This article is a hypothesis based on folklore and its potential plausibility. It is not presented as a scientific study.
Turtle nesting season has begun in Florida. A bartender, “A,” at my local watering hole is a huge turtle enthusiast. So I let “A” know that on my recent walks along the beach, I’ve seen a lot of newly roped nests sprouting up as nesting season begins.
“A” asked me how far the nest was from the water. This is something I didn’t consider and didn’t really pay attention to. She explains that many locals believe that if a hurricane season is coming, turtles will nest on the beach, further away from the waves than usual. So a nesting season where turtles lay eggs near high tides is a prediction for a quiet season.
On subsequent trips, I noticed the location of the nest on the beach. Luckily, this month we had a massive seaweed flood at the same time as the King tide. This clearly marks the high tide level making it easy to spot. Turns out every nest I’ve seen this season is just above the King tide line.
According to Florida folklore, this will be the quiet hurricane season. The incubation period of sea turtles is 30 to 90 days. A three-month advance prediction and subsequent change in nesting behavior would have enormous evolutionary advantages for breeding success.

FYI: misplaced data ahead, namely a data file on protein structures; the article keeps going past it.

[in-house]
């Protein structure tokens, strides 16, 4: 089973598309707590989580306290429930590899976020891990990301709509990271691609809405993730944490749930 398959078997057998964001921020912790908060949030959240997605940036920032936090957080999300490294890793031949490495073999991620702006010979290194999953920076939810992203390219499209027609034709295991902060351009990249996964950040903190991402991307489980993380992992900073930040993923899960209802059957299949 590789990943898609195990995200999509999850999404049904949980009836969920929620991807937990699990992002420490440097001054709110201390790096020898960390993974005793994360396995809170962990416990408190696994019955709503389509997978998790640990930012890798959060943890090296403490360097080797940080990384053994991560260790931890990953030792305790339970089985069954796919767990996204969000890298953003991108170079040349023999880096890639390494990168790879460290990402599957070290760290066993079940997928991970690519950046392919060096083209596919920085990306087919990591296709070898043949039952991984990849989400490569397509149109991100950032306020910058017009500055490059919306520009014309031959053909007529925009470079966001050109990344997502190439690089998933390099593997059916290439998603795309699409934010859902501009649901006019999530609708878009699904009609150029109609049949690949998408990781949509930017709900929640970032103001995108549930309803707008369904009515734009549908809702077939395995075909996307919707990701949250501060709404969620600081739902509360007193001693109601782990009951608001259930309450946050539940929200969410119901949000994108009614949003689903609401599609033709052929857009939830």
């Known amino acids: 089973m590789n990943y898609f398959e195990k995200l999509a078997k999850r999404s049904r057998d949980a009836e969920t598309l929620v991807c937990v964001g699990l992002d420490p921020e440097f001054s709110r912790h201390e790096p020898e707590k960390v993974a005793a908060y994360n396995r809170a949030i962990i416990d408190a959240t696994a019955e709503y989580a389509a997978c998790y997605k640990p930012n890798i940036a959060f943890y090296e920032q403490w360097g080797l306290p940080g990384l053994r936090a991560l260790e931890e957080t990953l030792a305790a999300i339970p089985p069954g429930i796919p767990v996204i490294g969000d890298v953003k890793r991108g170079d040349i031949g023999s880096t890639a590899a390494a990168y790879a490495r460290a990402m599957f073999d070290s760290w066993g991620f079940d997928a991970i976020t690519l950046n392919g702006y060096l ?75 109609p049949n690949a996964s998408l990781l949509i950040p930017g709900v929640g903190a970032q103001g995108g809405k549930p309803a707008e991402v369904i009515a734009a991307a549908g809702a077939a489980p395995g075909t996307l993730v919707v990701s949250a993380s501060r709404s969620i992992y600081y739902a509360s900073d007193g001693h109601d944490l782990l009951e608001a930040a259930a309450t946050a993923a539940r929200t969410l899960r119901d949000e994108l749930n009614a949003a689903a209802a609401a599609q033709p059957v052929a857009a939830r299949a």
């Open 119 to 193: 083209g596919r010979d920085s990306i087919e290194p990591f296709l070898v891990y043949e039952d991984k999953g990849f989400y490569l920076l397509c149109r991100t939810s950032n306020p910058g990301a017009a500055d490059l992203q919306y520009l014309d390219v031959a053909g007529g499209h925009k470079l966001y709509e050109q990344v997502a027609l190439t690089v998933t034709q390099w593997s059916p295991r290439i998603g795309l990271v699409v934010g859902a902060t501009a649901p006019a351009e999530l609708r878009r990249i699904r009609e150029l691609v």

Nests are placed further from the water than necessary, causing the eggs to become dehydrated and predation, especially on that precarious night when the baby turtles hatch and plunge into the water. Seabirds and crabs lie in wait for such events.
When the nest is placed too close to the surface of the water, there is a risk that the eggs will drown.
In order for the eggs to survive and have a chance to hatch, sea turtles must lay their eggs on the sand. When they are developing, the embryos breathe air through a membrane in the egg and so they cannot survive if they are constantly covered with water.
as well as the risk of being swept away in a storm.
Strong wave activity can also cause beaches to erode, washing away sand. This can expose sea turtle eggs, leaving them vulnerable to drying out or being eaten. They can also destroy the nest completely, roll the eggs into the sea and drown.
Sea turtles have been around for about 150 million years. If this level of predictive accuracy for seasonal hurricane levels is somehow possible, there will be plenty of time for selective pressure to cause turtles to develop this survival advantage. Anything that turtles can use to forecast, be it currents, temperature, salinity, barometric pressure, if they can, they may have evolved to be able to do that.
We should hope this folk tale holds true, and that one day we can use the same indicators that turtles use to improve our seasonal storm forecasts, (this hasn’t been very accurate for the past few years).
Appendix. Here’s a photo from last July that helps cubs get lost to the Ocean after they’ve gone the wrong way.